Press Releases

  • TERI and INS organize a National workshop on ‘Nuclear Energy Development in India: addressing climate change, public perceptions and large scale deployment’

    13 August 2009

    Surging energy demands and nuclear renaissance key factors to promoting nuclear energy -- Dr R Chidambaram, Principal Scientific Adviser

    Imagine lighting up Delhi using electricity from a lump the size of a soda can! Nuclear energy makes this possible -- with minimal fuss and practically no emission of the bad boy of global warming: carbon dioxide. It has emerged as one of the best bets for kicking the world's dependence on fossil fuels. To discuss the same, The Energy and Resources Institute (TERI) and the Indian Nuclear Society (INS) organised a one-day national workshop. Present on the occasion were Dr R K Pachauri, Director General, TERI, and Chairman, IPCC, Dr R Chidambaram, Principal Scientific Adviser, Government of India, and a panel of top nuclear scientists from the Department of Atomic Energy (DAE), researchers from the Bhabaha Atomic Research Centre (BARC), TERI, and policymakers, who then brainstormed the relevance of nuclear energy to India's technological, economic, and environmental future.

    Speaking on climate change and its implications for the energy sector, Dr R K Pachauri said "We are facing some urgent challenges and unless we are able to pool our resources we will lose the climate change battle. Nuclear energy can be seen in two contexts: a) Climate Change and b) ensuring energy security. With regards to climate change, the fourth assessment report of IPCC has proved scientifically that warming of the planet is unequivocal and most of the warming took place in the last 50 years due to human action. Climate change is not merely warming of the globe but the disruption of the climate system of the planet. India has been long dependant on conventional fuels such as coal and oil. However, we can't continue to depend on the same for a long time. Thus, to ensure energy security, we must foresee our needs and look for substitutes to ensure our energy security. Here, I don't see a conflict between nuclear and renewable energy, especially solar energy and I feel that we need both forms of energy. Nuclear energy and technologies associated with it have progressed and time has come to work together objectively."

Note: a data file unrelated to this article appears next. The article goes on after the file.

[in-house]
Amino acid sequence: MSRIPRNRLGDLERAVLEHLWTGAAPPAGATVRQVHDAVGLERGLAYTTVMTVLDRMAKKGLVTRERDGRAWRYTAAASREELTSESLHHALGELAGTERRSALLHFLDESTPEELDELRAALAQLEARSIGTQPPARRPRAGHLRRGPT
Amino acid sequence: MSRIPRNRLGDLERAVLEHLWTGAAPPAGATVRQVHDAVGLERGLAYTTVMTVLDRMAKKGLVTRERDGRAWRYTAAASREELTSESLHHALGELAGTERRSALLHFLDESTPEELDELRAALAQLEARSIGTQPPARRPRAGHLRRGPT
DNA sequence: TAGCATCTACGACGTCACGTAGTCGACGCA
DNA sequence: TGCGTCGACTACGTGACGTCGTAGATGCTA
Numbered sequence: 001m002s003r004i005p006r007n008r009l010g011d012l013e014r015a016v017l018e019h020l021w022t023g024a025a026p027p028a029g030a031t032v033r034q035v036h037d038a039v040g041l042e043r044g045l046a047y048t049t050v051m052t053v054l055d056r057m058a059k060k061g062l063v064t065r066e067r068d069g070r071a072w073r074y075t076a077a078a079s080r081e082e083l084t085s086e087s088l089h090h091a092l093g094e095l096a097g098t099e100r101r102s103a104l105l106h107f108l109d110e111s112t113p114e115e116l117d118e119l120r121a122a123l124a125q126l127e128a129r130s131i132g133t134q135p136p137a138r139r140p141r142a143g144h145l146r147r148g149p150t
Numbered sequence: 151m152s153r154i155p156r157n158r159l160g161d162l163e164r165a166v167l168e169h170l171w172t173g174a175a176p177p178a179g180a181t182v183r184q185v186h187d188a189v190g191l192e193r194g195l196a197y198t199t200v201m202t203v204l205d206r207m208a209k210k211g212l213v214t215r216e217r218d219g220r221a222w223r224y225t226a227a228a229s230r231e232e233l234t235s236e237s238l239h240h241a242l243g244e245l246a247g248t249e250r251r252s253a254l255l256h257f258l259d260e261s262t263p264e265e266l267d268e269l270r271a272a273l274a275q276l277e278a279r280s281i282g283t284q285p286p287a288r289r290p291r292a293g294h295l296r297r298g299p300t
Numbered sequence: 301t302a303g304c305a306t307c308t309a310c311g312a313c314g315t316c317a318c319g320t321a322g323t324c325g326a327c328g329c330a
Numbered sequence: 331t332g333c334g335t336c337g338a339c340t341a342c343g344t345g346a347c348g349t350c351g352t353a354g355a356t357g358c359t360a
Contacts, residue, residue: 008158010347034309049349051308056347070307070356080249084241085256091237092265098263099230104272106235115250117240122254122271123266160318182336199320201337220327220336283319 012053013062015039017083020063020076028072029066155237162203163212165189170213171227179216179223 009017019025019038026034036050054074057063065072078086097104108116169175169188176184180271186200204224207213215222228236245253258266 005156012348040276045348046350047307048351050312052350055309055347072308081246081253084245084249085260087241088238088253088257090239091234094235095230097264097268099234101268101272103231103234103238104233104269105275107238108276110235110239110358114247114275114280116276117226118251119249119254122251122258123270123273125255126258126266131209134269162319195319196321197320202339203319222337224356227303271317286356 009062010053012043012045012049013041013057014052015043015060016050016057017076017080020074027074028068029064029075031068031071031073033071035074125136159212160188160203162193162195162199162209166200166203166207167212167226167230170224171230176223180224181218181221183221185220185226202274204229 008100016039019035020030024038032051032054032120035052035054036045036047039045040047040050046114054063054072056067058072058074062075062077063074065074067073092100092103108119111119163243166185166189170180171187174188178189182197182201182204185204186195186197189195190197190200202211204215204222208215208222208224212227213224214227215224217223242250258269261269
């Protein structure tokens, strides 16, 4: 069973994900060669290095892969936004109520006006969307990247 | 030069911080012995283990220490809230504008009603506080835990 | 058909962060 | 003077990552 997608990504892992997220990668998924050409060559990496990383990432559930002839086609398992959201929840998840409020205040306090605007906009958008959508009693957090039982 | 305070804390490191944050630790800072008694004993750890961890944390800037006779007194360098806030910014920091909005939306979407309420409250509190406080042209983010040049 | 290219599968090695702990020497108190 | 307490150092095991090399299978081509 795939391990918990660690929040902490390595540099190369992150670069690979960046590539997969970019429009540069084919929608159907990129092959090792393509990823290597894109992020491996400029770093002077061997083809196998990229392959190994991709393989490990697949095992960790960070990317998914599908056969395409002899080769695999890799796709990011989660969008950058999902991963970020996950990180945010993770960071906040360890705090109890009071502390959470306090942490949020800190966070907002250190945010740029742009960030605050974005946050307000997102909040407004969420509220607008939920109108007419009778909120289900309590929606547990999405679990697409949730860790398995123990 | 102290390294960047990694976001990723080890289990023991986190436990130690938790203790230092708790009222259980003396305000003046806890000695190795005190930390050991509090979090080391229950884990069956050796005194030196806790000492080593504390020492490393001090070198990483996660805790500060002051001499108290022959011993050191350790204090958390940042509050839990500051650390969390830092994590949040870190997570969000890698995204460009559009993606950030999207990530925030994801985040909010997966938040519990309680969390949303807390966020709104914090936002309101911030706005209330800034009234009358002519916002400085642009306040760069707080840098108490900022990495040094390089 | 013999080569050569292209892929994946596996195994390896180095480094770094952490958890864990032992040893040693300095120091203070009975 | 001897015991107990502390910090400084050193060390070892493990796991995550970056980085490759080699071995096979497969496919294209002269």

Describing a strategy for long term energy security for India, Dr Chidambaram stressed the need for using high resolution modeling to develop mitigation technologies. "As the world moves away from fossil fuel-powered development, it is important for a country like India to tread a low carbon path. India's per capita electricity consumption has to go up eight times for Indians to have the same quality of life as Americans and Japanese, and for this, the country would have to push nuclear energy in a big way. For this, I feel renewable like solar, wind, hydro, and nuclear are extremely important. Nuclear, hydroelectricity, renewables, and energy efficiency are the mitigating technologies that will reduce India's greenhouse gas emissions that are leading to climate change. Surging energy demands and nuclear renaissance are key factors promoting nuclear energy. We have to worry about our local and global environment and nuclear energy should be seen in this context." He cited the examples of France where 80 percent of the electricity comes from nuclear power plants and Japan (30 percent) as economies that have almost wholly gotten over the fossil fuel habit.